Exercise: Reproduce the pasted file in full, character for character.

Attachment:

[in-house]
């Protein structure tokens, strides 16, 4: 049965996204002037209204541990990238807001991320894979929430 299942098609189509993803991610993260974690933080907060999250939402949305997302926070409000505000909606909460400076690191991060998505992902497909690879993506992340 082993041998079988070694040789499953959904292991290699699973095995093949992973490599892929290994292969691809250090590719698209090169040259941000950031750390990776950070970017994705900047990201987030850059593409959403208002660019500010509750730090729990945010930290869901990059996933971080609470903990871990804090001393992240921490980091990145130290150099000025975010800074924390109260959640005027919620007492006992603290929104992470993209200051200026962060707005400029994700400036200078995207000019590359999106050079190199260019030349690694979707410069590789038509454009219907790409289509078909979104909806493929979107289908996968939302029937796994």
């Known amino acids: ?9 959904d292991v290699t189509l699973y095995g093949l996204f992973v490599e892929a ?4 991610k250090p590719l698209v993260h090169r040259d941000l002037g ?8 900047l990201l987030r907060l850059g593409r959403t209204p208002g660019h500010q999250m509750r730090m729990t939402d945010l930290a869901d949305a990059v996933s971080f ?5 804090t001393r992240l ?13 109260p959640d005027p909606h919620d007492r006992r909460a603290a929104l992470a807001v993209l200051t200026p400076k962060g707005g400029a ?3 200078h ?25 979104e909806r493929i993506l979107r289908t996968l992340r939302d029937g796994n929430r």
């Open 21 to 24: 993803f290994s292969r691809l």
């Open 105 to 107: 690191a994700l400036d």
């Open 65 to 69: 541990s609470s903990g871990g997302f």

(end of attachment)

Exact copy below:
[in-house]
């Protein structure tokens, strides 16, 4: 049965996204002037209204541990990238807001991320894979929430 299942098609189509993803991610993260974690933080907060999250939402949305997302926070409000505000909606909460400076690191991060998505992902497909690879993506992340 082993041998079988070694040789499953959904292991290699699973095995093949992973490599892929290994292969691809250090590719698209090169040259941000950031750390990776950070970017994705900047990201987030850059593409959403208002660019500010509750730090729990945010930290869901990059996933971080609470903990871990804090001393992240921490980091990145130290150099000025975010800074924390109260959640005027919620007492006992603290929104992470993209200051200026962060707005400029994700400036200078995207000019590359999106050079190199260019030349690694979707410069590789038509454009219907790409289509078909979104909806493929979107289908996968939302029937796994």
């Known amino acids: ?9 959904d292991v290699t189509l699973y095995g093949l996204f992973v490599e892929a ?4 991610k250090p590719l698209v993260h090169r040259d941000l002037g ?8 900047l990201l987030r907060l850059g593409r959403t209204p208002g660019h500010q999250m509750r730090m729990t939402d945010l930290a869901d949305a990059v996933s971080f ?5 804090t001393r992240l ?13 109260p959640d005027p909606h919620d007492r006992r909460a603290a929104l992470a807001v993209l200051t200026p400076k962060g707005g400029a ?3 200078h ?25 979104e909806r493929i993506l979107r289908t996968l992340r939302d029937g796994n929430r």
């Open 21 to 24: 993803f290994s292969r691809l």
């Open 105 to 107: 690191a994700l400036d």
């Open 65 to 69: 541990s609470s903990g871990g997302f």